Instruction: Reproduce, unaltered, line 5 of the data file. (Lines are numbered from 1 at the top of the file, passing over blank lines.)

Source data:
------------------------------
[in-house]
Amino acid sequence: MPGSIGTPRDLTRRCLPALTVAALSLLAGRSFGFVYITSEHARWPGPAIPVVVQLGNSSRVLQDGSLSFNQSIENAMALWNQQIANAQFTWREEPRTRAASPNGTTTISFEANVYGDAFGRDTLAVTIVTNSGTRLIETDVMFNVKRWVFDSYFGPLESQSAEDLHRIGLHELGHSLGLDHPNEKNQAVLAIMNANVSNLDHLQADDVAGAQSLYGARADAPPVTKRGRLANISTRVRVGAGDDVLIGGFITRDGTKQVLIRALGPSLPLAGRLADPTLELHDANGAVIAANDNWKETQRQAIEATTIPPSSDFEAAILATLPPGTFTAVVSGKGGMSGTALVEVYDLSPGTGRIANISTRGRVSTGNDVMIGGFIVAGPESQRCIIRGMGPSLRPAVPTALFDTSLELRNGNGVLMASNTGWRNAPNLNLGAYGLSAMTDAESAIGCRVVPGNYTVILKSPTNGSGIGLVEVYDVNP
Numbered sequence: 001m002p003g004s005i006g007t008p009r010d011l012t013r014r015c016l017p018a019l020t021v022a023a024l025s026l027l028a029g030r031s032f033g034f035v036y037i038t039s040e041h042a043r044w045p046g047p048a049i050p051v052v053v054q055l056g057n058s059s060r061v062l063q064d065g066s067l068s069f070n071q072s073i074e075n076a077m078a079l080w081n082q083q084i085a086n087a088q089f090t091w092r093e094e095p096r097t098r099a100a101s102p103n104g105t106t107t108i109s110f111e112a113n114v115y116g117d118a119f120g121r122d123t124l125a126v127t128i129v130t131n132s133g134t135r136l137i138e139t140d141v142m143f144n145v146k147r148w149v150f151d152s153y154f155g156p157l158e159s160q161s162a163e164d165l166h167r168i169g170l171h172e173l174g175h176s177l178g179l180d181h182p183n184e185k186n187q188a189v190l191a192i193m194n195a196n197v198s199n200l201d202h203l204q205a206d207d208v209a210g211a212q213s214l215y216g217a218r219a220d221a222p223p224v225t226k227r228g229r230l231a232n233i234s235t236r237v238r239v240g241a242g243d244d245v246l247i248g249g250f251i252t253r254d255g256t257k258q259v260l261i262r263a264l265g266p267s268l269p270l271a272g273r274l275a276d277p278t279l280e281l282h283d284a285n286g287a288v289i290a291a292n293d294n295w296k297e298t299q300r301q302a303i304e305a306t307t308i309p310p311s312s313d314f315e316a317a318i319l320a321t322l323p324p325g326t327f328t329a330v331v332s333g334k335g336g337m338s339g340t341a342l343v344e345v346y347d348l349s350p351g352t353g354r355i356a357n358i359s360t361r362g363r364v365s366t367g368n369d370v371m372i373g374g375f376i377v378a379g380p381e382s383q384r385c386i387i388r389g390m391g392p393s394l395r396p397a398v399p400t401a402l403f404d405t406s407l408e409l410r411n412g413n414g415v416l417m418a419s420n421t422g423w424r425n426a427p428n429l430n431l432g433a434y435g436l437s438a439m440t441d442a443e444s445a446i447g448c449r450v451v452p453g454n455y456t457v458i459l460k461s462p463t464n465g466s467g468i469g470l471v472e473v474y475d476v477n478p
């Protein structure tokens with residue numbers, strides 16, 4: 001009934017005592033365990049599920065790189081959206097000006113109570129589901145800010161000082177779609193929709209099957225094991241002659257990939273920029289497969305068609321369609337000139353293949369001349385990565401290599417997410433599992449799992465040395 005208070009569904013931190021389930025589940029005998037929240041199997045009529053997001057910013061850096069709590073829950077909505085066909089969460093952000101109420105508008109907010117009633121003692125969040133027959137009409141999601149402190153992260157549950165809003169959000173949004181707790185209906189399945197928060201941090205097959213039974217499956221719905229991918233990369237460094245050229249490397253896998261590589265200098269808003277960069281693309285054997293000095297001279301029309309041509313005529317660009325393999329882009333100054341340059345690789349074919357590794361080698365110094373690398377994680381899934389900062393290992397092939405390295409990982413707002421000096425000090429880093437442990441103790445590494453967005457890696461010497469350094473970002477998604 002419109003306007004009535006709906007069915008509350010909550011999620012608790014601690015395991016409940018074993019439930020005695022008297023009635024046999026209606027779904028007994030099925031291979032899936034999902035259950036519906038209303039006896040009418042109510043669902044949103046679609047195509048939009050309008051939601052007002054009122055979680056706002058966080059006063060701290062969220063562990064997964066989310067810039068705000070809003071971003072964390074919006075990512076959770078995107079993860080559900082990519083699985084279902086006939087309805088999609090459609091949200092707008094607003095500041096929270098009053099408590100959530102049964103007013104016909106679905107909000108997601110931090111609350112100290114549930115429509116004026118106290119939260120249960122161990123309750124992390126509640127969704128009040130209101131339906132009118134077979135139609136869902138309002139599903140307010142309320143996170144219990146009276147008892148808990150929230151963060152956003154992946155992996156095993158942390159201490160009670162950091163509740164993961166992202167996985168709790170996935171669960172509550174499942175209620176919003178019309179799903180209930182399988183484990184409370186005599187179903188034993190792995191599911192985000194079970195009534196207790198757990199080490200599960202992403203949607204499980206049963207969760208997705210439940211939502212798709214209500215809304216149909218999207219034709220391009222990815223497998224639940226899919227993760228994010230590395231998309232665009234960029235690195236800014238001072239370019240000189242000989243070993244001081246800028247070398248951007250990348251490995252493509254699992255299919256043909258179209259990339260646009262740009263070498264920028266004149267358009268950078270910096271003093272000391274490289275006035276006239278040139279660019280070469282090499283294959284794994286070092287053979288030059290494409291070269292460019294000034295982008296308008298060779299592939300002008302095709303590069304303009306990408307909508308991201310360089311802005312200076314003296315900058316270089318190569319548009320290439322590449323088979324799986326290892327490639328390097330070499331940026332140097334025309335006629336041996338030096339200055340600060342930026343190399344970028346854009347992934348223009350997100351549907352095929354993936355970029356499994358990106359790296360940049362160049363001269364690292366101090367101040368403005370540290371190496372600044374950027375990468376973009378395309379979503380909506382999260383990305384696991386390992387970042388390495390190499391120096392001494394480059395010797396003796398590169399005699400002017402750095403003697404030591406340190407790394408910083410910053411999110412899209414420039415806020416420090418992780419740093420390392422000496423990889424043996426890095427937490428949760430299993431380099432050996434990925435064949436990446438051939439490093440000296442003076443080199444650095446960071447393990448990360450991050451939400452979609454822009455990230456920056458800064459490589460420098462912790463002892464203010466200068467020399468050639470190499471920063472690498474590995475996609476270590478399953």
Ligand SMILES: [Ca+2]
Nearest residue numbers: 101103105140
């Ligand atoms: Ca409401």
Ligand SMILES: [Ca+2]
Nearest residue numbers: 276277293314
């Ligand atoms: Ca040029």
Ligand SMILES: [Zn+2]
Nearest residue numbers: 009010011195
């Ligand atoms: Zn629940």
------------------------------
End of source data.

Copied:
Ligand SMILES: [Ca+2]